Bank Wars Episode VI: Return of the OCC
It has been a while since there was any movement on the Bank Wars front, but that changed today. Acting Comptroller Keith Noreika delivered…
It has been a while since there was any movement on the Bank Wars front, but that changed today. Acting Comptroller Keith Noreika delivered a speech on the OCC’s plan for the fintech charter at the members only (as I learned the hard way) Exchequer Club in Washington, D.C. The speech, at least in its prepared form, answered some questions about the OCC’s posture towards fintech and the efforts by the Conference of State Bank Supervisors (CSBS) and the New York Department of Financial Services (NYDFS) to stop the OCC from issuing charters. The speech also introduced new questions about how the OCC plans to register fintech firms which may have implications for the viability of the charter and the diversity and quality of financial services available to the American public. In this piece we will look at the contents of the Noreika’s remarks and some of the questions raised by them.
What did the Acting Comptroller Say?
There will be (bank) war
Anyone hoping/fearing that the OCC was going to back down in the face of the CSBS and NYDFS lawsuits is going to be disappointed/relieved, because the OCC is going to fight. Acting Comptroller Noreika reaffirmed that ability of the OCC to grant special purpose charters under 12 CFR 5.20(e)(1), the provision the OCC relied on to justify the granting of non-depository charters. Acting Comptroller Noreika also said that the agency is “developing its litigation response and plans to defend this authority [12 CFR 5.20(e)(1)] vigorously.”
A strong defense of the National Bank System
More broadly, Acting Comptroller Noreika presented a full-throated defense of the national banking system and its ability to evolve to face new challenges. Citing Ninth Circuit and Supreme Court case law, Acting Comptroller Noreika argued against “defining banking too narrowly or in a stagnant way that prevents the system from evolving or taking proper and responsible advantage of advances in technology and commerce.” The Acting Comptroller argued for a functional approach to defining the business of banking, where “companies that offer banking products and services should be allowed to apply for national bank charters…if they choose and if they meet the criteria and standards for doing so”(emphasis in original).
While Acting Comptroller Noreika supported a national charter as an option for fintechs, he was clear that it wasn’t and shouldn’t be the only option, listing state bank charters, state licensing, and bank partnerships as other possibilities that should be available.
The Acting Comptroller pushed back on the narrative advanced by opponents of the charter that expanding the national banking system would harm consumer protection. The Acting Comptroller pointed out that over the past ten years there have been significant changes to the laws applying to national banks (including presumptive fintech national banks) governing consumer protection. These changes include what he views as the expansion of consumer protections under Title X of Dodd-Frank, including the prohibition on “abusive” practices and the preservation of state law that is “more protective” than Dodd-Frank. He also pointed out that that ability of the OCC to preempt state law has been “clarified” and that numerous state consumer protection laws apply to national banks and would apply to fintech firms that obtained national bank charters.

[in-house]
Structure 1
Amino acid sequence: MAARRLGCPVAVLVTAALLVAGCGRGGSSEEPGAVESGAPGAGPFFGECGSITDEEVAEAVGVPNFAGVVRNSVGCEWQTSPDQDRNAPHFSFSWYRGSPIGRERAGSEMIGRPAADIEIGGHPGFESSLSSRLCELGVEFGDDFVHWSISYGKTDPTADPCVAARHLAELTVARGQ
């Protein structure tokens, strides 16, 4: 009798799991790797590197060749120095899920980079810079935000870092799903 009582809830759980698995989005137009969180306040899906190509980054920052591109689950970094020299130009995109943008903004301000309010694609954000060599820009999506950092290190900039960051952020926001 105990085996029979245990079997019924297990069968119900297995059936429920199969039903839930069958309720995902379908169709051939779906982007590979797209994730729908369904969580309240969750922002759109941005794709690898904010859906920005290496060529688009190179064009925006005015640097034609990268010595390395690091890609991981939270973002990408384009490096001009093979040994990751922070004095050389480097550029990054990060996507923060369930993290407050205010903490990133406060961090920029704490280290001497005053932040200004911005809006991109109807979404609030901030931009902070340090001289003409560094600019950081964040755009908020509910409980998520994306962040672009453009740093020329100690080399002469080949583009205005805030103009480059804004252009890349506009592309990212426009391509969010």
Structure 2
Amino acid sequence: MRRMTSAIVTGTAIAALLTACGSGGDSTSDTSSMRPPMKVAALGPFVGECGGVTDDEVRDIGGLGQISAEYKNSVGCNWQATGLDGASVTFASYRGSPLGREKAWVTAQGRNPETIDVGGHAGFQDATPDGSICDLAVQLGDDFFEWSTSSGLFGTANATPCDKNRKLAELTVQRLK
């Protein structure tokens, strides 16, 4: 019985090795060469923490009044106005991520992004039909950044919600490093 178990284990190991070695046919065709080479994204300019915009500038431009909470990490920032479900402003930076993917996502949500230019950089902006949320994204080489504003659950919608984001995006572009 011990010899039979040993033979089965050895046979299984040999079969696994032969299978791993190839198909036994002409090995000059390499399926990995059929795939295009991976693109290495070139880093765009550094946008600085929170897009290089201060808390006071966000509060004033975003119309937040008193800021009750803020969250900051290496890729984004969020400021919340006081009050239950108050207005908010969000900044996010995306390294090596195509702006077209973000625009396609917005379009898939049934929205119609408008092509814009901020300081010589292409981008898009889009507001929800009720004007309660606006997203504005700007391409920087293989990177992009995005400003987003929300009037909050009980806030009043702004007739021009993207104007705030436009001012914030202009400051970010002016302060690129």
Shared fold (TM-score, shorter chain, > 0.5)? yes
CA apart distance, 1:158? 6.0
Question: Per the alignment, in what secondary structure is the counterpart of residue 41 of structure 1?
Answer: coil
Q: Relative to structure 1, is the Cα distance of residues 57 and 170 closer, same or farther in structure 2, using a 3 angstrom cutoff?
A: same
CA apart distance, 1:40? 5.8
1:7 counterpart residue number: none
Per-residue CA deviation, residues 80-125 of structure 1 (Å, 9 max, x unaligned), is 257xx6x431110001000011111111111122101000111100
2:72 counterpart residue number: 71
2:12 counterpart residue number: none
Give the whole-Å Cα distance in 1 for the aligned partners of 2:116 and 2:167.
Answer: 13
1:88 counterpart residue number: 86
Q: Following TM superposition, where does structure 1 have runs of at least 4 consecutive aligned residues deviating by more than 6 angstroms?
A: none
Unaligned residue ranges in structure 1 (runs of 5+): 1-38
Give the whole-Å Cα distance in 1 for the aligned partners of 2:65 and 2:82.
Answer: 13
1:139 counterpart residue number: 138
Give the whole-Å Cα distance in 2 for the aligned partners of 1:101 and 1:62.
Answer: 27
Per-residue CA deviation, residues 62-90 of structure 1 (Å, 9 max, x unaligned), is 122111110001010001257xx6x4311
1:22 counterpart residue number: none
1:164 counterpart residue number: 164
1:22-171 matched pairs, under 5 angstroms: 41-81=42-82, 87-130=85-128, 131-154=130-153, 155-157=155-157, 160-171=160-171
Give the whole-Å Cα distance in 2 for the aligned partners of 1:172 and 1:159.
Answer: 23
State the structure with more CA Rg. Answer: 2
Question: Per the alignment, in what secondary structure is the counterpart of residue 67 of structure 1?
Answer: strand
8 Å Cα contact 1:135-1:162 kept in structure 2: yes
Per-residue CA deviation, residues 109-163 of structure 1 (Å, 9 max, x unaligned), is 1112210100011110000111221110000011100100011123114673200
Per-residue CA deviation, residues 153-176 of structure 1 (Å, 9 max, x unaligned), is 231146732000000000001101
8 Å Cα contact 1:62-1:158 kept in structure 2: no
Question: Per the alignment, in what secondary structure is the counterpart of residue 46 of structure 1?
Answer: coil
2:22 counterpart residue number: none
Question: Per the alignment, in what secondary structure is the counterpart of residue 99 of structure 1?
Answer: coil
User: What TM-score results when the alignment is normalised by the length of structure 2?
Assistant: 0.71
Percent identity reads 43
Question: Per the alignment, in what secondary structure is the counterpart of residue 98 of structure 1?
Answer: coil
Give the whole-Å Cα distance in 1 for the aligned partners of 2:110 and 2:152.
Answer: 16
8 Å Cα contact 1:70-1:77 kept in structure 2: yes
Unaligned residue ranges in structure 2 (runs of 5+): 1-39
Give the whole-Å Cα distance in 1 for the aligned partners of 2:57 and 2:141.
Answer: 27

Noreika also pushed back on the concern that granting fintech lenders the ability to export their home state law governing interest would result in “unchecked” “abuse”. The Acting Comptroller pointed out that existing national and state banks can export their home state’s laws and there is not widespread abuse. He argues that this, is because banks are closely regulated and supervised, and that “tak[ing] unfair advantage of their customers” is inconsistent with a bank being safe and sound.
A swipe at state financial institutions
Not content with playing defense on consumer protection, Noreika also went on offense against the narrative that state regulation is inherently more protective of consumers. For example, he argued that “large-scale, short-term consumer lending abuse” occurs in the state licensed and regulated space, not among national banks.
Granting fintech firms charters does not hurt banks
Noreika also took on the argument that giving charters to fintechs would harm banks. The Acting Comptroller argued that banks compete with non-bank fintech firms who are not subject to the same level of regulation. Making fintech firms banks would bring them into the banking regulatory fold and “level the [regulatory] playing field”, helping banks compete.